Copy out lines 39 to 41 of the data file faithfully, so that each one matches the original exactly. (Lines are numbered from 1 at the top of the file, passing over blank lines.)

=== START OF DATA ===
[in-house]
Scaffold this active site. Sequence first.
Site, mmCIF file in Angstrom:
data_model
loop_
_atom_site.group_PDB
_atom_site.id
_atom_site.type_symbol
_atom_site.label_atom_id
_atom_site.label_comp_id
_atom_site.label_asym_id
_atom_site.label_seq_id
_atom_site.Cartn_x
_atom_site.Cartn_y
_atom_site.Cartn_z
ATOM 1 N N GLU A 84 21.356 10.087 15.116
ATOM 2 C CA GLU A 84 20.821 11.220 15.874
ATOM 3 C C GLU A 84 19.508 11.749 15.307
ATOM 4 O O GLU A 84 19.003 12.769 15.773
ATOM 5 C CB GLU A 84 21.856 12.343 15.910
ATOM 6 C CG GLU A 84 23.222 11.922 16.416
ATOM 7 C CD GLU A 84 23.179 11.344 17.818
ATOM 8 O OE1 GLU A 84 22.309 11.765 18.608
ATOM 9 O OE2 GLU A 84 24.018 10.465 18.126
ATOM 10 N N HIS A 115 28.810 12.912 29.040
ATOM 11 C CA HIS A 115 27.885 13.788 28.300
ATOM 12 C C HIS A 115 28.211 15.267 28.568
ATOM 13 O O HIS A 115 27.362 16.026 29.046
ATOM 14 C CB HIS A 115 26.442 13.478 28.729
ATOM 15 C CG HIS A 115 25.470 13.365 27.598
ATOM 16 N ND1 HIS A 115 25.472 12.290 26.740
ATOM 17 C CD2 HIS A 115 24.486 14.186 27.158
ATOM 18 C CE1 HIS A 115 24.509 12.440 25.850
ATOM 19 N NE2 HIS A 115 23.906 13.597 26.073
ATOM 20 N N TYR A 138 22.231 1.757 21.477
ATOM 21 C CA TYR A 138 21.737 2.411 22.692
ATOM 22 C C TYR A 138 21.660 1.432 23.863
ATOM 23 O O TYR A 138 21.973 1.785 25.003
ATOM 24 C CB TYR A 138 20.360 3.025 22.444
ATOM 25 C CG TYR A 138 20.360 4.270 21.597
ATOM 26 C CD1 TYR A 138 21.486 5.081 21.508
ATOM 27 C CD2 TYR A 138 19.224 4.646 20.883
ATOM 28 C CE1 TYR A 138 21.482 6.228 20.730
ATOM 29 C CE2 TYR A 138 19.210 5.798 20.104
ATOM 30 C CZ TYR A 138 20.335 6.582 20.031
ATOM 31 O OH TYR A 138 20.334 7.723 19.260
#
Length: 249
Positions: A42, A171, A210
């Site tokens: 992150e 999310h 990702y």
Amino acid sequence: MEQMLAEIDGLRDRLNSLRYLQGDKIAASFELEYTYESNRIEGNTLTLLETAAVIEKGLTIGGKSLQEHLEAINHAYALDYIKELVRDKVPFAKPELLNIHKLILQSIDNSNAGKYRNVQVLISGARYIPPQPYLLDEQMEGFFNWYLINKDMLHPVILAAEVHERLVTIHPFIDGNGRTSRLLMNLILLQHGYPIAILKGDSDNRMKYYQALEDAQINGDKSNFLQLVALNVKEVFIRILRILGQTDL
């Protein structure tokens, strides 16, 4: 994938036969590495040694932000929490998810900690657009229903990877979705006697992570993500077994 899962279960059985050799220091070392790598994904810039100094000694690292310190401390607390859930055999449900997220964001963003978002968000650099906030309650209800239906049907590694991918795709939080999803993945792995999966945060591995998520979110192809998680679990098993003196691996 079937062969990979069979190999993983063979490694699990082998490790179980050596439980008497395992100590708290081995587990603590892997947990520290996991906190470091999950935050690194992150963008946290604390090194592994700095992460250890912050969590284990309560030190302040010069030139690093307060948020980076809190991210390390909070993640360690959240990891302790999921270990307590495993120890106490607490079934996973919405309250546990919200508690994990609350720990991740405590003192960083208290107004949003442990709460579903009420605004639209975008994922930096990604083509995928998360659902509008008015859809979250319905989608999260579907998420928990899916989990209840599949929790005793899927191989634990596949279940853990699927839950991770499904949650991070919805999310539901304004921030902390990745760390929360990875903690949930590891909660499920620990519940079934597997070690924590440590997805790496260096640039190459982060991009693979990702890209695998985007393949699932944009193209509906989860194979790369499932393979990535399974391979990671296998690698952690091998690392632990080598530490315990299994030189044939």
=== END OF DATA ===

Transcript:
ATOM 24 C CB TYR A 138 20.360 3.025 22.444
ATOM 25 C CG TYR A 138 20.360 4.270 21.597
ATOM 26 C CD1 TYR A 138 21.486 5.081 21.508